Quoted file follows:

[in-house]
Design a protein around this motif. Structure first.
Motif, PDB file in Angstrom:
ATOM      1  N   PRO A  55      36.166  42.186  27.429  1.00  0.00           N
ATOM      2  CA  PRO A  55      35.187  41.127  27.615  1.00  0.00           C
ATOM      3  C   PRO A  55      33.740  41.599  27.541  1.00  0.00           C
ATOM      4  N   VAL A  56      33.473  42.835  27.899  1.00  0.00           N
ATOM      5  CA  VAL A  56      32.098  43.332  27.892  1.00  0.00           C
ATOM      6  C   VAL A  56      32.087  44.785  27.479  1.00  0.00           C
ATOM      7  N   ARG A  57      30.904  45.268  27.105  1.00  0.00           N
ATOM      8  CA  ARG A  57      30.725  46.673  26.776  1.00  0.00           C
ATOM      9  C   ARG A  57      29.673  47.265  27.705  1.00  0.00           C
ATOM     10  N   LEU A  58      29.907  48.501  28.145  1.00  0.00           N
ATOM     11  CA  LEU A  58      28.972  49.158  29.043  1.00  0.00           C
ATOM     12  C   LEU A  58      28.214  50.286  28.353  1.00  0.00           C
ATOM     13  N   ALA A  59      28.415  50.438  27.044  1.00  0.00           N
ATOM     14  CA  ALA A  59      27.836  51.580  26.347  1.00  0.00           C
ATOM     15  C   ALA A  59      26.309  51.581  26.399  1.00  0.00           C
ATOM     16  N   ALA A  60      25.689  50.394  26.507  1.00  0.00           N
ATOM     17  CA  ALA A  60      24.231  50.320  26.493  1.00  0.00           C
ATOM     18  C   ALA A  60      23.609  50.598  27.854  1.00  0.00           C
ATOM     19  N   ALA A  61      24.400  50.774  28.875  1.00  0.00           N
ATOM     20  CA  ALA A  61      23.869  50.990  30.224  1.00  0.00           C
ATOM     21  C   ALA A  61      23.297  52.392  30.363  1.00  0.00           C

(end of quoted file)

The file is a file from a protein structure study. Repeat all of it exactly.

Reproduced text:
[in-house]
Design a protein around this motif. Structure first.
Motif, PDB file in Angstrom:
ATOM      1  N   PRO A  55      36.166  42.186  27.429  1.00  0.00           N
ATOM      2  CA  PRO A  55      35.187  41.127  27.615  1.00  0.00           C
ATOM      3  C   PRO A  55      33.740  41.599  27.541  1.00  0.00           C
ATOM      4  N   VAL A  56      33.473  42.835  27.899  1.00  0.00           N
ATOM      5  CA  VAL A  56      32.098  43.332  27.892  1.00  0.00           C
ATOM      6  C   VAL A  56      32.087  44.785  27.479  1.00  0.00           C
ATOM      7  N   ARG A  57      30.904  45.268  27.105  1.00  0.00           N
ATOM      8  CA  ARG A  57      30.725  46.673  26.776  1.00  0.00           C
ATOM      9  C   ARG A  57      29.673  47.265  27.705  1.00  0.00           C
ATOM     10  N   LEU A  58      29.907  48.501  28.145  1.00  0.00           N
ATOM     11  CA  LEU A  58      28.972  49.158  29.043  1.00  0.00           C
ATOM     12  C   LEU A  58      28.214  50.286  28.353  1.00  0.00           C
ATOM     13  N   ALA A  59      28.415  50.438  27.044  1.00  0.00           N
ATOM     14  CA  ALA A  59      27.836  51.580  26.347  1.00  0.00           C
ATOM     15  C   ALA A  59      26.309  51.581  26.399  1.00  0.00           C
ATOM     16  N   ALA A  60      25.689  50.394  26.507  1.00  0.00           N
ATOM     17  CA  ALA A  60      24.231  50.320  26.493  1.00  0.00           C
ATOM     18  C   ALA A  60      23.609  50.598  27.854  1.00  0.00           C
ATOM     19  N   ALA A  61      24.400  50.774  28.875  1.00  0.00           N
ATOM     20  CA  ALA A  61      23.869  50.990  30.224  1.00  0.00           C
ATOM     21  C   ALA A  61      23.297  52.392  30.363  1.00  0.00           C